The Gusk court concluded that although the plaintiff had received $80,000 as damages based on the liability of the insured motorist, the plaintiff remained entitled to receive UM benefits from his insurer, based on the uninsured driver's percentage of fault. Id. at 423-25. The court explained: “In multiple tortfeasor cases such as this, the insured's right to receive benefits under the [UM and UIM] policies must be considered one policy at a time.” Id. at 424. Ricke is only seeking UIM benefits based on the fault of one defendant. Ricke's right to receive UIM benefits from Progressive based on Lokken's status as an underinsured driver depends solely on Lokken's fault and his prior payment to Ricke; the other defendants' fault and their prior payments to Ricke are irrelevant.

2. Ricke sought prejudgment interest on the $30,000 in UIM benefits from the date that the parties stipulated that her damages were $121,000. The district court denied Ricke's claim, and Ricke filed a notice of review.

The supreme court addressed a UIM insured's claim for prejudgment interest in Lessard v. Milwaukee Ins. Co., 514 N.W.2d 556 (Minn. 1994). The Lessard court concluded that

because prejudgment interest is an element of compensatory damages, * * * an insurer providing underinsured motorist coverage is not liable for that portion of preaward interest under Minn. Stat. § 549.09, subd. 1(b) (Supp. 1991), which, when added to total damages, would exceed policy liability limits.

Id. at 559. Here, any preaward interest added to total damages would exceed Ricke's policy limit of $30,000 for UIM coverage.

Ricke argues that Lessard was based solely on the principle that prejudgment interest under section 549.09 cannot be calculated until the amount on which the interest is based is fixed by verdict. See id. at 558 (citing Lienhard v. State, 431 N.W.2d 861, 865 (Minn. 1988)). Ricke claims that her case involves a different type of prejudgment interest than Lessard because the parties' stipulation established the exact amount of damages in the same manner as a jury verdict. Ricke contends that interest on an amount for which liability has been determined is not compensation for the injury that gave rise to liability and, therefore, is not the type of prejudgment interest that is an element of compensatory damages.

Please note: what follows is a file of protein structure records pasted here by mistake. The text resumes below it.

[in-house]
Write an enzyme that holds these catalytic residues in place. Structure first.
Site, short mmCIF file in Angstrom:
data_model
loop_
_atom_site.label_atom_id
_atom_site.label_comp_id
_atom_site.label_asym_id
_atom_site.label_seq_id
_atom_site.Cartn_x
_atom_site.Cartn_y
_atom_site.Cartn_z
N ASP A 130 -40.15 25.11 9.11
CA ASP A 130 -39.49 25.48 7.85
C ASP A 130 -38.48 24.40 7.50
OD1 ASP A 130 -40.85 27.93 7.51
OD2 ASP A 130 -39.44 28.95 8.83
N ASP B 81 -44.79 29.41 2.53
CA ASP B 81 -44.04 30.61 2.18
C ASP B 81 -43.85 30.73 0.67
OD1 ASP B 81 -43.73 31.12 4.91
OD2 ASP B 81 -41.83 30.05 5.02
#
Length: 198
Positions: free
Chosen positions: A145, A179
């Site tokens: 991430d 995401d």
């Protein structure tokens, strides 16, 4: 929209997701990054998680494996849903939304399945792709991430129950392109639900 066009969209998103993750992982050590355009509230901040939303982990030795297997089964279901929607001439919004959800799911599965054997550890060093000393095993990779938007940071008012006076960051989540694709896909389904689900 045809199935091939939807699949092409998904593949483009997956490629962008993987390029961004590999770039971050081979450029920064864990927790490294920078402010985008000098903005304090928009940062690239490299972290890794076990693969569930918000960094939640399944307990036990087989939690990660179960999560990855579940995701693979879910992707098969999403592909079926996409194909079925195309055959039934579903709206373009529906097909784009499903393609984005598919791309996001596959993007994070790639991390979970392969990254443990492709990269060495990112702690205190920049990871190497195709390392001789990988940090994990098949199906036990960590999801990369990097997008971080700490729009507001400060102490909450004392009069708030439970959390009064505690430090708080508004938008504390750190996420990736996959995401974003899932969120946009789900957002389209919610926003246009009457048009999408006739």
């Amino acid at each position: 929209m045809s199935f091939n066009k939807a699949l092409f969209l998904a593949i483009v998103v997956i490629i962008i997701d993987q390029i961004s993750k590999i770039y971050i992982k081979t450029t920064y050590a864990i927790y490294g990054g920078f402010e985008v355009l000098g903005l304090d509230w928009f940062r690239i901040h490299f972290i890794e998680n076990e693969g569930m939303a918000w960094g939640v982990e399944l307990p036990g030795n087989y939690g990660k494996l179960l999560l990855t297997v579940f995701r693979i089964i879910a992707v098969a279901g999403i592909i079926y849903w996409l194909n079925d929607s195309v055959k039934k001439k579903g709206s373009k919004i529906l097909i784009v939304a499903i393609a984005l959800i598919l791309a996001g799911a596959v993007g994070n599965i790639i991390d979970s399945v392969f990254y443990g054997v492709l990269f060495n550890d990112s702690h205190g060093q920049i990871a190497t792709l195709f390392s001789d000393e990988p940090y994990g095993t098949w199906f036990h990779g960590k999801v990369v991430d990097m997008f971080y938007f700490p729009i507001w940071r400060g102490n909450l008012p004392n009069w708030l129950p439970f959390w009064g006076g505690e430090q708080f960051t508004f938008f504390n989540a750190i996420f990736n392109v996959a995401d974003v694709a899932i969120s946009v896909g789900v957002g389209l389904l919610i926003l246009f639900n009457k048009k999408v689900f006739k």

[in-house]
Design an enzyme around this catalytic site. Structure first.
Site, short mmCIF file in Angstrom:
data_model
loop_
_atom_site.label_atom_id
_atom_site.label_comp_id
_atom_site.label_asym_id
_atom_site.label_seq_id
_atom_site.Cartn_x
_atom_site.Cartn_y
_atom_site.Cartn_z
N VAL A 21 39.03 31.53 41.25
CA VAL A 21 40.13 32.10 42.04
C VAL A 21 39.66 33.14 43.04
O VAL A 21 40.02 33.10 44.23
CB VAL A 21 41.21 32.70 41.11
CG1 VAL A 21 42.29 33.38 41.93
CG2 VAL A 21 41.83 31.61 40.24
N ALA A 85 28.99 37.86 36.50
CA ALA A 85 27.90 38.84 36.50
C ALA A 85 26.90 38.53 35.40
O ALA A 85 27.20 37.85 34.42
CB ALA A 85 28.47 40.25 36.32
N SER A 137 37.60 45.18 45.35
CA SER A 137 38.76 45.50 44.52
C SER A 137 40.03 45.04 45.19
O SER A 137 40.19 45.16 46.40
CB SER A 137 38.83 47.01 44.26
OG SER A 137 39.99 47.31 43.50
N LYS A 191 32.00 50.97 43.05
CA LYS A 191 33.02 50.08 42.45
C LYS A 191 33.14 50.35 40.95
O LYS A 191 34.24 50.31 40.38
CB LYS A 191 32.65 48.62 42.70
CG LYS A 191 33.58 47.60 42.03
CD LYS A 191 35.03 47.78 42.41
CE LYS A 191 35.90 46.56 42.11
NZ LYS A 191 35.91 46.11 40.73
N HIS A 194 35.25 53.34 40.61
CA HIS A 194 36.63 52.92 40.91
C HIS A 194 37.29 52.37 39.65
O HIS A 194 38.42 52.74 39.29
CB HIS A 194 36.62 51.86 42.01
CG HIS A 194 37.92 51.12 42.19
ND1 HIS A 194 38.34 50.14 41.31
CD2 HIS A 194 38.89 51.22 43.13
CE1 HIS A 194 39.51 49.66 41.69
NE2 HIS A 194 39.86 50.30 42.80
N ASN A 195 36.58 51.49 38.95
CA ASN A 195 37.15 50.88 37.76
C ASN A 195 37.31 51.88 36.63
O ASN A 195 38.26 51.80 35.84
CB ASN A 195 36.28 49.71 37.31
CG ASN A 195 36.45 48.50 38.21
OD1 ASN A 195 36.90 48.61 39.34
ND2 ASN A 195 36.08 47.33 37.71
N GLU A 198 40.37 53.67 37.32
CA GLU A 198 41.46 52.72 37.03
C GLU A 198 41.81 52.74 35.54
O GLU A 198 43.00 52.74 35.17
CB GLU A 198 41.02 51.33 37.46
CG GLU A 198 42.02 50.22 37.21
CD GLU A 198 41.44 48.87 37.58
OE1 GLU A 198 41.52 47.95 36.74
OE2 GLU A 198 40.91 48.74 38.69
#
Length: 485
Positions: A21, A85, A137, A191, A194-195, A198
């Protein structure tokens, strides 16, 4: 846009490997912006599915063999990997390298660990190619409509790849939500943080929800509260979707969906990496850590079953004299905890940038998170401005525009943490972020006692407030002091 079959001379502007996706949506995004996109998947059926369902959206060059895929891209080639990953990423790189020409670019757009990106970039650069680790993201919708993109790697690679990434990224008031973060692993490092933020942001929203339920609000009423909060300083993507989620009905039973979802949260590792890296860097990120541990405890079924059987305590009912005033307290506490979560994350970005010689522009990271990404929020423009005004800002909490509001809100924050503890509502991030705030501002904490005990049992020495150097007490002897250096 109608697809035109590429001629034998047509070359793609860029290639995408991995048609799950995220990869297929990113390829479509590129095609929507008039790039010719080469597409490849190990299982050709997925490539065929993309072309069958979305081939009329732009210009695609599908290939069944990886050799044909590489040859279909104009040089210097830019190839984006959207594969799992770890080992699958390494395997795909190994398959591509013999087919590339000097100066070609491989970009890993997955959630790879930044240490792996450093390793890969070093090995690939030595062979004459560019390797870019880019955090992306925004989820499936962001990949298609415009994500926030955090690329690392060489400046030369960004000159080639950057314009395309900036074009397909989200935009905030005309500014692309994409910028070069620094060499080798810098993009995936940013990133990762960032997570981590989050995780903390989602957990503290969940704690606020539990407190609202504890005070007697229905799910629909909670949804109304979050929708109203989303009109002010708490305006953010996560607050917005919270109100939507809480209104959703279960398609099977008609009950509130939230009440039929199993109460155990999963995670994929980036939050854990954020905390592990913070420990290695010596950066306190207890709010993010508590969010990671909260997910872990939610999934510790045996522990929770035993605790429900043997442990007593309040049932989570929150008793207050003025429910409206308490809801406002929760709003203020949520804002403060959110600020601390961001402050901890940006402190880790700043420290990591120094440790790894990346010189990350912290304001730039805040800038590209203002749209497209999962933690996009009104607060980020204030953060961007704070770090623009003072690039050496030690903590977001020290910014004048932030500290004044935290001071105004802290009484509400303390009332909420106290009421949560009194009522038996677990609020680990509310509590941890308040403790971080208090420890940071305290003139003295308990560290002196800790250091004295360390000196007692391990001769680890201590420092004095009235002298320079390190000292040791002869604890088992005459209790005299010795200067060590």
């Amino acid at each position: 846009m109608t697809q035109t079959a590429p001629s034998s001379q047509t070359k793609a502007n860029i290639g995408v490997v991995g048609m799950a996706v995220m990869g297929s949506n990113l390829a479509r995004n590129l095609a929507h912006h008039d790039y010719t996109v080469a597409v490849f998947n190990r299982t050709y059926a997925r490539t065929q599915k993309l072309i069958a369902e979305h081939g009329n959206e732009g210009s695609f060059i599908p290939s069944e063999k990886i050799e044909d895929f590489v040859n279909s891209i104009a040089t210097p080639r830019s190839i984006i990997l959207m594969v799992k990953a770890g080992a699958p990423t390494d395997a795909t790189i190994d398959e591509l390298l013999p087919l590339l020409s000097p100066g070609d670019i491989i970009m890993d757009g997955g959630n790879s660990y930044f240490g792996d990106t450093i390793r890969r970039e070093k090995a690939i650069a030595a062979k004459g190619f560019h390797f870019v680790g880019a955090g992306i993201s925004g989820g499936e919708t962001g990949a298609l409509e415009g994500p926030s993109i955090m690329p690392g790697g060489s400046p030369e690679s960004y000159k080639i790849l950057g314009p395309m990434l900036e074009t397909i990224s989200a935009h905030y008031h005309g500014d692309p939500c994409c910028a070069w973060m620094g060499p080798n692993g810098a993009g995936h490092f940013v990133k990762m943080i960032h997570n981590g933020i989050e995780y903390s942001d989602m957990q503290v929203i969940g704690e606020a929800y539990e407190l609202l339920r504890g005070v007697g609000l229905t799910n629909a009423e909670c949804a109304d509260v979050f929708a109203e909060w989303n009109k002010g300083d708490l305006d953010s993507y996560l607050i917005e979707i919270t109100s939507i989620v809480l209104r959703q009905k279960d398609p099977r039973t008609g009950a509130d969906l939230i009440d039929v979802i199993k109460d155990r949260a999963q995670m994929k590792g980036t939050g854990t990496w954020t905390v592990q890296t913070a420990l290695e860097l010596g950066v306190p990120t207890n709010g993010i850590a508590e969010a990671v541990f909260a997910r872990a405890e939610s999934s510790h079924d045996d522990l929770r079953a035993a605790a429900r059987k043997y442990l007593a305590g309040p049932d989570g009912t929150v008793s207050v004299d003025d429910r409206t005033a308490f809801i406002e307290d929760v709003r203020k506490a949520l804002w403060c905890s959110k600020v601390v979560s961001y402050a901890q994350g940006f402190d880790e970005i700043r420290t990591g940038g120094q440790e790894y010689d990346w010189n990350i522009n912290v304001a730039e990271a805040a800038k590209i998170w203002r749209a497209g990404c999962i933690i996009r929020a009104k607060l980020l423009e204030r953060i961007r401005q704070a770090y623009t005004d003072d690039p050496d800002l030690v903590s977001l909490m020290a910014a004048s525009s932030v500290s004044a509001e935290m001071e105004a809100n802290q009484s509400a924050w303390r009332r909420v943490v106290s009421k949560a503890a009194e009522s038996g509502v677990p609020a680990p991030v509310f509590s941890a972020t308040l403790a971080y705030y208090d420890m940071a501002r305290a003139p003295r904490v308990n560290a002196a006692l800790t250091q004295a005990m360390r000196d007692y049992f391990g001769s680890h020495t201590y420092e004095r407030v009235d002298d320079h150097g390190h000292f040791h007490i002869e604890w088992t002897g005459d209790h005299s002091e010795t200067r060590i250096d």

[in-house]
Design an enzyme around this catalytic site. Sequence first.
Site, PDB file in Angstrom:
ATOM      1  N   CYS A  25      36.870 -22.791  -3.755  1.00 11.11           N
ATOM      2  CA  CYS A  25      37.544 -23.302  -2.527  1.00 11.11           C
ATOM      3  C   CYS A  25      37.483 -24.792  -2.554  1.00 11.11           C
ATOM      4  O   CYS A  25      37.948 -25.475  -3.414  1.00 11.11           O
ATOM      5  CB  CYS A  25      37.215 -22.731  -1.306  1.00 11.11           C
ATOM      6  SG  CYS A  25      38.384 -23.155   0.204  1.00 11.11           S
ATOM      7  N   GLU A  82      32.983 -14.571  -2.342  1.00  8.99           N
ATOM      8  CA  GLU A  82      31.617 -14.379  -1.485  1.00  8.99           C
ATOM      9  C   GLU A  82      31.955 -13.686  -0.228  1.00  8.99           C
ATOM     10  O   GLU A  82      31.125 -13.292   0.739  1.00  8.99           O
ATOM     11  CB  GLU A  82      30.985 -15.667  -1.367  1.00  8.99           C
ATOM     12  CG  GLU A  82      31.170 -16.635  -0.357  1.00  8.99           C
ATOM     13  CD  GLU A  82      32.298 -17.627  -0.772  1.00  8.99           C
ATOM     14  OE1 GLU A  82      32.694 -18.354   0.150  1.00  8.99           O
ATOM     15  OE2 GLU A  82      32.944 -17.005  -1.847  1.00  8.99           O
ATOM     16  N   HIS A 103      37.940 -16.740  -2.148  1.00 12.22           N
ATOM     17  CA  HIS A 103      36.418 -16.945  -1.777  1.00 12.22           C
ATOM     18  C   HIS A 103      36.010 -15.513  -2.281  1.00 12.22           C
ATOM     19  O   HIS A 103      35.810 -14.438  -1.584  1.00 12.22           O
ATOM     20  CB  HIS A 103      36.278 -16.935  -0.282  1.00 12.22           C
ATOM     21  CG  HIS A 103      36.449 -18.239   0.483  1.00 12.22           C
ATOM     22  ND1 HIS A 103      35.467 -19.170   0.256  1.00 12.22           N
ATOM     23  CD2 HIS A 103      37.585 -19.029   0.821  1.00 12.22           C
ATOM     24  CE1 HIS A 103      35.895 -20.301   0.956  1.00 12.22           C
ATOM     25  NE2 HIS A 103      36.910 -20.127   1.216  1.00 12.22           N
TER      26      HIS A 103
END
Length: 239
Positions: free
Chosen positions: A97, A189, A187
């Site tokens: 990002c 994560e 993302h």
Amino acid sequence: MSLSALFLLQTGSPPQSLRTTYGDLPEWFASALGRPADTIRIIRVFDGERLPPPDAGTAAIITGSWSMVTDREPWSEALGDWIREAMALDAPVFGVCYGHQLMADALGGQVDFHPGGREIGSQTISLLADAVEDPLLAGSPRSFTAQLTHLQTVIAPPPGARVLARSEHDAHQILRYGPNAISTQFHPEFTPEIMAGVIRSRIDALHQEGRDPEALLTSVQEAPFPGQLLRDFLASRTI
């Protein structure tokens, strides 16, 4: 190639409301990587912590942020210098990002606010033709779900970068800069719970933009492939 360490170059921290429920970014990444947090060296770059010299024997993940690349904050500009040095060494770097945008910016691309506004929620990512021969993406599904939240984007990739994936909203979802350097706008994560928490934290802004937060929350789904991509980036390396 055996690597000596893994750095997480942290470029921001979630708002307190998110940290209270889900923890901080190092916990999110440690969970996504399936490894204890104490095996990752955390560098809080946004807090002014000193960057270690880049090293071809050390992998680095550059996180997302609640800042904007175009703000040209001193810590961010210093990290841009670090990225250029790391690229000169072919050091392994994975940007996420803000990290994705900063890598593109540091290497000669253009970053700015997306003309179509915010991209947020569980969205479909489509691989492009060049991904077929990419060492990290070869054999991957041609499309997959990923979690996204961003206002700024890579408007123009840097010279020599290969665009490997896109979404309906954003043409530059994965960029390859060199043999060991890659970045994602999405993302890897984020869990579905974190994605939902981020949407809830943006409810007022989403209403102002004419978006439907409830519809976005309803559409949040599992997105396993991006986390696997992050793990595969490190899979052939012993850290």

We do not agree that Lessard was based solely on the principle that prejudgment interest cannot be calculated until the amount on which the interest is based is fixed by verdict. The Lessard court went on to explain that prejudgment interest is treated as an element of compensatory damages because it is “`awarded to provide full compensation by converting time-of-demand * * * damages into time-of-verdict damages.'” Id. (quoting Lienhard, 431 N.W.2d at 865) (omission in original). By setting forth the amount of Ricke's damages, the stipulation made it possible to calculate an interest award based on a specific amount. But the purpose of any interest award would still be to compensate Ricke for the lost use of money between the time of the stipulation and the verdict.

In Lessard, the court acknowledged that awarding prejudgment interest to Lessard would fully compensate him for his lost use of money, but declined to award prejudgment interest because Lessard had already received an award that equaled the monetary limitation on liability in his UIM policy. Id. Similarly, awarding Ricke prejudgment interest would compensate her for the lost use of money. But, as in Lessard, any prejudgment interest added to Ricke's award would be in excess of the liability limits of her UIM policy.


Ricke is entitled to UIM benefits from Progressive based on Lokken's underinsured status, despite Ricke's prior settlements with all defendants for an amount equal to her total damages, because the settlements occurred before apportionment of liability and damages. The district court properly denied Ricke's request for prejudgment interest.



*Retired judge of the district court, serving as judge of the Minnesota Court of Appeals by appointment pursuant to Minn. Const. art. VI, § 10.

[1] See Schmidt v. Clothier, 338 N.W.2d 256, 263 (Minn. 1983) (underinsurer entitled to notice before settlement with tortfeasor).

[2] We note that Ricke sent Progressive a Schmidt-Clothier notice when she settled with Lokken below his policy limits. At that point, Progressive had the opportunity to substitute its draft, thereby preserving its potential subrogation rights against Lokken and forcing the matter to trial. Because Progressive did not substitute its draft, it is liable for UIM benefits, pursuant to its contract with Ricke.